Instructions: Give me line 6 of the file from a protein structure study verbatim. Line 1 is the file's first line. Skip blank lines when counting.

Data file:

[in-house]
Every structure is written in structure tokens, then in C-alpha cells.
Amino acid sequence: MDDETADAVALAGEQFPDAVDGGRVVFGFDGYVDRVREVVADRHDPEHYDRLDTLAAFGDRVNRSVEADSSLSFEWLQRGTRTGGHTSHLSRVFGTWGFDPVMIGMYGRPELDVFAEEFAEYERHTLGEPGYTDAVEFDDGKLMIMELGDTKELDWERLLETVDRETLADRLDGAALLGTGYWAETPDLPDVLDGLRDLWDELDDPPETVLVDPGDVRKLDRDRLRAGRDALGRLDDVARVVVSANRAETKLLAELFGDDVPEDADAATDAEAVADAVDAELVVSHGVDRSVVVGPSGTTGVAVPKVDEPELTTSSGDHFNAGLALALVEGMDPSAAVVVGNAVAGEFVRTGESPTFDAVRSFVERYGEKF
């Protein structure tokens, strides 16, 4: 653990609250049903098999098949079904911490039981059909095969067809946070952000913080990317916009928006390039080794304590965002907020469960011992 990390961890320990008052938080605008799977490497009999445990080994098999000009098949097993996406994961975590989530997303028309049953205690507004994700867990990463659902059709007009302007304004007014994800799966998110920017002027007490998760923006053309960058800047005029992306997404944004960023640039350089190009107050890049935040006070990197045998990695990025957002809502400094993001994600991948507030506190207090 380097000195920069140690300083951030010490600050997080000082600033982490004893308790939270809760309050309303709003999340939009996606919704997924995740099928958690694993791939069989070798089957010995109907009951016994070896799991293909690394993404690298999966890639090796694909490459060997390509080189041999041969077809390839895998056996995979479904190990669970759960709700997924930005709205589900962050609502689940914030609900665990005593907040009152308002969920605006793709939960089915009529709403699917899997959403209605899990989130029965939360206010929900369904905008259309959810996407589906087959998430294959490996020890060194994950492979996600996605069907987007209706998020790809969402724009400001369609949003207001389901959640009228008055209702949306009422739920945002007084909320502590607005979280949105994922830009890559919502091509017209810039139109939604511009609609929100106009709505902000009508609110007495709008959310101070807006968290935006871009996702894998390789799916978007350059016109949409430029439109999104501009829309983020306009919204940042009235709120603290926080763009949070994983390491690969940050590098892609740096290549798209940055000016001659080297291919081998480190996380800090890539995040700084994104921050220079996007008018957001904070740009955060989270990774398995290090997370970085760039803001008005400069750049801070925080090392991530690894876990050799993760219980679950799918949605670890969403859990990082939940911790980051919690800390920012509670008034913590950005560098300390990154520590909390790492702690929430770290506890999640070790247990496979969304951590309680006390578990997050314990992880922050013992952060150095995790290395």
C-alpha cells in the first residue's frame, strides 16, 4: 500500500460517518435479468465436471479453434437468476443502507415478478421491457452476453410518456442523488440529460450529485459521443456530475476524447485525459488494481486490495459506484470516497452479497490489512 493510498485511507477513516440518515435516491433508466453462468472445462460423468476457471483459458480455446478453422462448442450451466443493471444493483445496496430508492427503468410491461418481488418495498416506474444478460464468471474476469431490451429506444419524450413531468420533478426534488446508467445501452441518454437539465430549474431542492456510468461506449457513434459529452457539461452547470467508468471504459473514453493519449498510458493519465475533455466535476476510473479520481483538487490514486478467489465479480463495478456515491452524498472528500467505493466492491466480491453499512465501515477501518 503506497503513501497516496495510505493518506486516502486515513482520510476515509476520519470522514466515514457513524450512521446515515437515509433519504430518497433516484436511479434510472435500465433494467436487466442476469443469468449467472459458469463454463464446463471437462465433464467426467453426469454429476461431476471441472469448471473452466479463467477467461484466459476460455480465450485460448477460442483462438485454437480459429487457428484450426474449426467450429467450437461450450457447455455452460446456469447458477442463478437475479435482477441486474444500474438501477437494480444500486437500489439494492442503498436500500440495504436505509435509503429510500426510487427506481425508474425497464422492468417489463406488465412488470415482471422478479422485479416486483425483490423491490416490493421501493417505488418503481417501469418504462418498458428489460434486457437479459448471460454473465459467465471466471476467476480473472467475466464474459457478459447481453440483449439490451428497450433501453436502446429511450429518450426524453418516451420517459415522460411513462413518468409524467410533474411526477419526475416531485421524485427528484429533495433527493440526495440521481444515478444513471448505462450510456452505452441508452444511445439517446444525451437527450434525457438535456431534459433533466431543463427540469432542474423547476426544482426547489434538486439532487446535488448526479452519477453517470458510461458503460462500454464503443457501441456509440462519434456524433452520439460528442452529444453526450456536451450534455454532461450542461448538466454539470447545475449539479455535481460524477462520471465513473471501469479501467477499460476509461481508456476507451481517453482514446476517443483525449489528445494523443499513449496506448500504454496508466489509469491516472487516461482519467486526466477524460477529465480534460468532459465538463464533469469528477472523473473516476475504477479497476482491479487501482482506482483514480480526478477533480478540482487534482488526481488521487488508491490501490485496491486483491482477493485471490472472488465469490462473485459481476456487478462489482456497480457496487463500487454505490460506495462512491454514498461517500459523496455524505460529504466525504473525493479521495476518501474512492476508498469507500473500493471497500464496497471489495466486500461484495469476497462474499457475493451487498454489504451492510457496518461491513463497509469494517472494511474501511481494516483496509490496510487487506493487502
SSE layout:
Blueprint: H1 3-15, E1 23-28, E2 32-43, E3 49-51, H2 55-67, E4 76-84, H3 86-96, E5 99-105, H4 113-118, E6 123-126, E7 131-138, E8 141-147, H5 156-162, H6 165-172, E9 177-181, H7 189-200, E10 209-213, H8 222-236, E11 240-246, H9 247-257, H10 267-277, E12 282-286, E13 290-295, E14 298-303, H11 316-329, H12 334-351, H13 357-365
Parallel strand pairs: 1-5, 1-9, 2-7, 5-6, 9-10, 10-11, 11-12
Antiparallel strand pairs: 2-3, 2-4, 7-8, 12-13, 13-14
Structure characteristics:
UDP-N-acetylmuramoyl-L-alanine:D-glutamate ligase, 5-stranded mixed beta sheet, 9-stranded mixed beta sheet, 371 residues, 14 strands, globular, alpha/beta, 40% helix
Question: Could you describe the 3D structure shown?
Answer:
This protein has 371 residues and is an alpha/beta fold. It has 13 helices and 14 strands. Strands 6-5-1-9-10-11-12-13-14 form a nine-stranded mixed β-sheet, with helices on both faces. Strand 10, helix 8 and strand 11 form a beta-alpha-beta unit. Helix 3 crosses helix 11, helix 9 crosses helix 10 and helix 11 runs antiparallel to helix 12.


SSE layout: